The best panels spark a little controversy, show a difference of opinion among the panelists, and for some formats, actually generate some downright heated discussions!

It’s downright boring to hear a panelist say, “I echo what my fellow panelist has to say….”

To spark a little controversy, make sure:

  1. The topic itself is controversial.  “Nutritional Standards for Centenarians at Independent Living Facilities” might be too vague to pique the audience’s interest – unless you are a geriatric nutritionist desperate for continuing education credits!  How else might we create some interest in the topic?
    1. My brain starts going toward something like “Breakthroughs or Breakups: The latest thinking in nutritional standards for 100+ year olds.”  (The caveat here is that there IS some latest thinking going on!) or
    2. “Fact or Fiction: The Myths that Perpetuate Nutritional Standards at Independent Living Facilities Today.”
    3. The key is to hint at the controversy in the title and/or the short write-up of the panel discussion.
  2. The panelists have diverse opinions.  When thinking through whom you are going to invite, make sure the panelists themselves have differing viewpoints.
    1. Do your research and you’ll probably be able to figure it out.
    2. Or just call them up and ask.  As a panel moderator, I like to ask in my pre-work, “Among your esteemed colleagues, where do you have different opinions when it comes to nutritional standards for centenarians?”  I then probe a bit more…because sometimes they can actually be in close agreement!
    3. While it may not be their opinion, ask each panelist, “What is the most controversial thing you have seen in the world of food being served and eaten by centenarians?”  It may be that the controversial component isn’t represented on the panel – in which case you have two options:
      1. Ask another panelist who does represent that viewpoint to join the session, or
      2. As the objective moderator, you offer up the opinion as an option to consider – and then let the panelists weigh in.
  3. The audience has diverse opinions. Of course, you are going to need to know who is in your audience and if they do, in fact, have different opinions.
    1. If don’t know who is in the room, start out with:
      1. A quick poll that sheds some light on who is in the room (food service directors responsible for planning the menu, nutritionists for providing advice and counsel, facility administrators responsible for the overall health and well-being of the residents) and may reinforce the variety of opinions (no salt, no sugar, no gluten, no fun!).  It also gets the audience involved early in the discussion.
      2. You can also ask the audience to talk to a neighbor or the people at their table about the topic – and make sure the question you ask hints of some differing opinions.  For example, you can ask, “What are the misconceptions around centenarian nutritional standards?” or “What is the silliest thing you have seen served to a centenarian at a facility – could be yours or at another!”  As you debrief the answers, you are already sparking some diversity of opinions!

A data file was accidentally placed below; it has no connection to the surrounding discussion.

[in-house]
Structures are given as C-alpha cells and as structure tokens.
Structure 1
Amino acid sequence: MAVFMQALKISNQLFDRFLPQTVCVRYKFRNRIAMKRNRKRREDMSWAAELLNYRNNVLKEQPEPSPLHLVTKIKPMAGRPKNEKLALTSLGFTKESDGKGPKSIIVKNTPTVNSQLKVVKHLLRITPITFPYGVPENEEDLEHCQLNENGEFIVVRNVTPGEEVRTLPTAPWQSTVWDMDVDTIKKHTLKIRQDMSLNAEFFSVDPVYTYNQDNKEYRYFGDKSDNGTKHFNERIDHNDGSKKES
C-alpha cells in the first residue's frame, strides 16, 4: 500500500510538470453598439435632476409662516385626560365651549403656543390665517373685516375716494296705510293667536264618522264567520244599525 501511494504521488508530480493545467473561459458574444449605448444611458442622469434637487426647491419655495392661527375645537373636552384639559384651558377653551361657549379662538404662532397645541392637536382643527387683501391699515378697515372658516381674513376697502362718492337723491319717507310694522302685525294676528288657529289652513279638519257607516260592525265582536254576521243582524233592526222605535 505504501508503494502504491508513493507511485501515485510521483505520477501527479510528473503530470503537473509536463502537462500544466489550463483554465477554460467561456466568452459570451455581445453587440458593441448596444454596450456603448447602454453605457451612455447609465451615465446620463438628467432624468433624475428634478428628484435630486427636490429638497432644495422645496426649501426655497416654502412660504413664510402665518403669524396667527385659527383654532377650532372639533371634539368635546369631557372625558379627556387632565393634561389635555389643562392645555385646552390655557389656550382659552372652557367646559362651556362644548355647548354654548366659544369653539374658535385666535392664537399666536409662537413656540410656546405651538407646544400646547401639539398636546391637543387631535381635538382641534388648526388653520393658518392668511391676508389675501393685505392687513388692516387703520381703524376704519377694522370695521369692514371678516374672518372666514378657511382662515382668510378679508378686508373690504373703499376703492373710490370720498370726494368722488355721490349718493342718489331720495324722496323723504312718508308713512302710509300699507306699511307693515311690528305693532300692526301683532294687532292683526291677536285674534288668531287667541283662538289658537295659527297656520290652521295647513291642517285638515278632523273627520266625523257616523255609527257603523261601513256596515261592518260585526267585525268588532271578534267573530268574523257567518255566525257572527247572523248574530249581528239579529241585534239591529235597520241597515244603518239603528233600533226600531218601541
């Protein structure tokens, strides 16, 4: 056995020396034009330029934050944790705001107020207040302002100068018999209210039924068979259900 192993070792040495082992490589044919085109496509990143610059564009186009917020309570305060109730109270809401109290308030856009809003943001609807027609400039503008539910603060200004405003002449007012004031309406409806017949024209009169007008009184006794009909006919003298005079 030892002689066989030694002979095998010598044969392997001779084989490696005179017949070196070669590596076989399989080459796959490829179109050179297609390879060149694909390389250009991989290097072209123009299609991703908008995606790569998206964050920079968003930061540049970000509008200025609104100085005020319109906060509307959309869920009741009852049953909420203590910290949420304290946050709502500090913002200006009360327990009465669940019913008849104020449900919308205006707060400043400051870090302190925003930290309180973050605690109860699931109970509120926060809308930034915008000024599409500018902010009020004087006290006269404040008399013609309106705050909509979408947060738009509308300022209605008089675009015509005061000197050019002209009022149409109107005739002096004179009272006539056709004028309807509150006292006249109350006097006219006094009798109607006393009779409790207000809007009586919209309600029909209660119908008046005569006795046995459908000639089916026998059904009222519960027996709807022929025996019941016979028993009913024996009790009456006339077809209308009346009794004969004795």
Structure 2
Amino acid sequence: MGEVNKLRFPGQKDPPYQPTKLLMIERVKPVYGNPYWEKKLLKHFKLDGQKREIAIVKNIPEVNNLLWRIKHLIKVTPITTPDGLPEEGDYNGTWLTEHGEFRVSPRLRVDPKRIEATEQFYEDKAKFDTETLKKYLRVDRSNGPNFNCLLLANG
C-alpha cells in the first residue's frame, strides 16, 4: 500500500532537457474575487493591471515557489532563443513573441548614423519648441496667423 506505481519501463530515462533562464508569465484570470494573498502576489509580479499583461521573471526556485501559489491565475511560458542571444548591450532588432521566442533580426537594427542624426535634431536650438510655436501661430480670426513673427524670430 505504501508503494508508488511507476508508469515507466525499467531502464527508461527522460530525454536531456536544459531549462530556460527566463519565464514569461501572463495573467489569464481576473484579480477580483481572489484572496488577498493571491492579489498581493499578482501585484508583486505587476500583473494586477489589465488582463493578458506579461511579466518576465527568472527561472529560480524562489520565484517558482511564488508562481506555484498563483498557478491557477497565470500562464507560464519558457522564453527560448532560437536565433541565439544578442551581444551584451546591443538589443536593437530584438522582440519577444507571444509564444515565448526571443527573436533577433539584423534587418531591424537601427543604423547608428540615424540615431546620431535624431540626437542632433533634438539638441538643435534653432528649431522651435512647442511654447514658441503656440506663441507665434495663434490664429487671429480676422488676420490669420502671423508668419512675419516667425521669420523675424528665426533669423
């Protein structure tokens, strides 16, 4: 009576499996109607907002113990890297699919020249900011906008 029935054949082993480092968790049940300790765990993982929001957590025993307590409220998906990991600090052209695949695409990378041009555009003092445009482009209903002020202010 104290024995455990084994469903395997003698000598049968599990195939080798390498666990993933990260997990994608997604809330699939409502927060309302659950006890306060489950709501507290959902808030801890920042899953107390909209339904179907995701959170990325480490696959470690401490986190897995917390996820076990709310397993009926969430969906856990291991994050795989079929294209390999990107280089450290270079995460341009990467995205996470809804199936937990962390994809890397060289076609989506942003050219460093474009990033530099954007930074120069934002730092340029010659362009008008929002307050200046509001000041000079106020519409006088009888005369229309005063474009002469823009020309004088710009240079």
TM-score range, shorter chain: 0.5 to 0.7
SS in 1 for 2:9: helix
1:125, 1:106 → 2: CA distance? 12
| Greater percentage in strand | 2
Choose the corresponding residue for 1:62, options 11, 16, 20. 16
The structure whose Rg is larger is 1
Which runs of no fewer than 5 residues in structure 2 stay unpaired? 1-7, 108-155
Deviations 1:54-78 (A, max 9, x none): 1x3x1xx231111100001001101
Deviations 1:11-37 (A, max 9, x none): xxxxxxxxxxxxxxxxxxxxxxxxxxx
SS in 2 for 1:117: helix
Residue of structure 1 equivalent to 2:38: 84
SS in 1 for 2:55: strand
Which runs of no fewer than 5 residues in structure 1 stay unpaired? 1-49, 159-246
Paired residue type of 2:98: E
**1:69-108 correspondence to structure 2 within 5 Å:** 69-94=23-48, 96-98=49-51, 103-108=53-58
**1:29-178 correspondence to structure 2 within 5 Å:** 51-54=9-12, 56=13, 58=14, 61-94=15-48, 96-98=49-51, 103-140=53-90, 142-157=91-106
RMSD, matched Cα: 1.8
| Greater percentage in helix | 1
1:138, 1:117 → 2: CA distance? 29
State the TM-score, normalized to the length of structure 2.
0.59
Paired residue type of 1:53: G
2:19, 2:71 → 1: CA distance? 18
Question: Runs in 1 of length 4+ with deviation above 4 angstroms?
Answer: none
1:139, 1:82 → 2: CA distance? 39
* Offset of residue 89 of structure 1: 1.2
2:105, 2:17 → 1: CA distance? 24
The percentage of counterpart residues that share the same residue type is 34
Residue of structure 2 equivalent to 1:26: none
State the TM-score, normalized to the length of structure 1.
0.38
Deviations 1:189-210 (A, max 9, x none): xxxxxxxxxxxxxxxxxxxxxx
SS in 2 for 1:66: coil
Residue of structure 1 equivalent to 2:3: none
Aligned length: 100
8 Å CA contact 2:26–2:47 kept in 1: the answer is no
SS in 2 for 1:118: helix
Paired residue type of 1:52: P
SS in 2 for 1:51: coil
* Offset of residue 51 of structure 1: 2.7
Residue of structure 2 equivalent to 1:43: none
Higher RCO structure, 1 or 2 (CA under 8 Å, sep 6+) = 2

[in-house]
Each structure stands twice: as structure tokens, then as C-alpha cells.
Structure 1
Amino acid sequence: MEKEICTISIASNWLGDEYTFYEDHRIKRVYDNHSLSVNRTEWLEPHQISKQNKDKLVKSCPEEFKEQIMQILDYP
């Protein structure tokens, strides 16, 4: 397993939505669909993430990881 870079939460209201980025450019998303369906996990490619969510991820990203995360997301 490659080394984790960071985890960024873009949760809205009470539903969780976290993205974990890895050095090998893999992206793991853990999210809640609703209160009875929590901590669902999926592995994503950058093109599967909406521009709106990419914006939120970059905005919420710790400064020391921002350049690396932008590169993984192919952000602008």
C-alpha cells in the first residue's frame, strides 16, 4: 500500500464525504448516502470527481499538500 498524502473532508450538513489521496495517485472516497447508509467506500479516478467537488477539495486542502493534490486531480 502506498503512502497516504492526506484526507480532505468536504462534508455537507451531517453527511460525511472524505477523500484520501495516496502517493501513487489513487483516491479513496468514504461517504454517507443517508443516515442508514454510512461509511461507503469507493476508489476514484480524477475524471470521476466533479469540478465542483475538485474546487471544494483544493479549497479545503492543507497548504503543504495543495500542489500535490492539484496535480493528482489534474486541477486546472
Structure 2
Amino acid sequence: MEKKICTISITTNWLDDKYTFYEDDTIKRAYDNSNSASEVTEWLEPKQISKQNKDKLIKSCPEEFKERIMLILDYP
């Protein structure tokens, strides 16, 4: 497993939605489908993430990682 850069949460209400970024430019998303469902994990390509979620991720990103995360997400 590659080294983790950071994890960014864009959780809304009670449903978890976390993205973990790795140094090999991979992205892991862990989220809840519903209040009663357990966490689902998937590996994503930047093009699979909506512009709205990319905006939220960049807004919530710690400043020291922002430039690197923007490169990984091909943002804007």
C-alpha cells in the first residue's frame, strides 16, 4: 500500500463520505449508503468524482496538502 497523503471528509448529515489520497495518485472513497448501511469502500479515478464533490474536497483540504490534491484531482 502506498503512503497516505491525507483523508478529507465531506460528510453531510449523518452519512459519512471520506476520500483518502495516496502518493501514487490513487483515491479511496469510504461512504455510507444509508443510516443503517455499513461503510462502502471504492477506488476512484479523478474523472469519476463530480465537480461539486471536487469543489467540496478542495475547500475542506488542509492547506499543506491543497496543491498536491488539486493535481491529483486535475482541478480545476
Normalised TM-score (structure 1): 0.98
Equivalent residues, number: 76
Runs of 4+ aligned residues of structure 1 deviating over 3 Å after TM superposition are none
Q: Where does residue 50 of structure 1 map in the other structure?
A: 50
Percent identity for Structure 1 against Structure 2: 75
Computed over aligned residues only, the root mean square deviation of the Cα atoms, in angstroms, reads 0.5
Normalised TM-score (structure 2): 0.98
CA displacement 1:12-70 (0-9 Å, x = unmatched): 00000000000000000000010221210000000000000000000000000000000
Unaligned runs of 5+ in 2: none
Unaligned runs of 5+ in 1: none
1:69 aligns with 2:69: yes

2. If you are relatively sure there is some diversity of opinions in the room, you can:
      1. Divide the room between one position and another (all those “for” on one side of the room and those “against” on the other side of the room…or set up a continuum between two points)
      2. Ask each table to consider a specific statement and discuss whether it is a fact or fiction.
  4. The format inspires a conversation.  Many panels simply have the moderator ask questions directly to a few panelists and then go to audience Q&A.   Instead, you can:
    1. Ask provocative questions (garnered from your research) that spark conversation between the panelists, encouraging each other to piggyback and/or respond to each others’ ideas…beyond the boring “I echo what my fellow panelist has said.”
    2. Consider a point/counterpoint format where the panelists discuss the pros and cons of an idea
    3. Try the empty seat format where an audience member can join the conversation as a panelist.

Sparking a lively conversation doesn’t happen serendipitously.  You have to plan for it, encourage the panelists in the planning and preparation and nurture the conversation to make a lively and informative panel discussion.

 

To learn more steps to successfully moderate a panel discussion like a pro, try this user-friendly guide.

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Kristin Arnold, professional panel moderator and high stakes meeting facilitator, shares her best practices for interactive, interesting, and engaging panel presentations. For more resources like this, or to have Kristin moderate your next panel visit the Powerful Panels official website.

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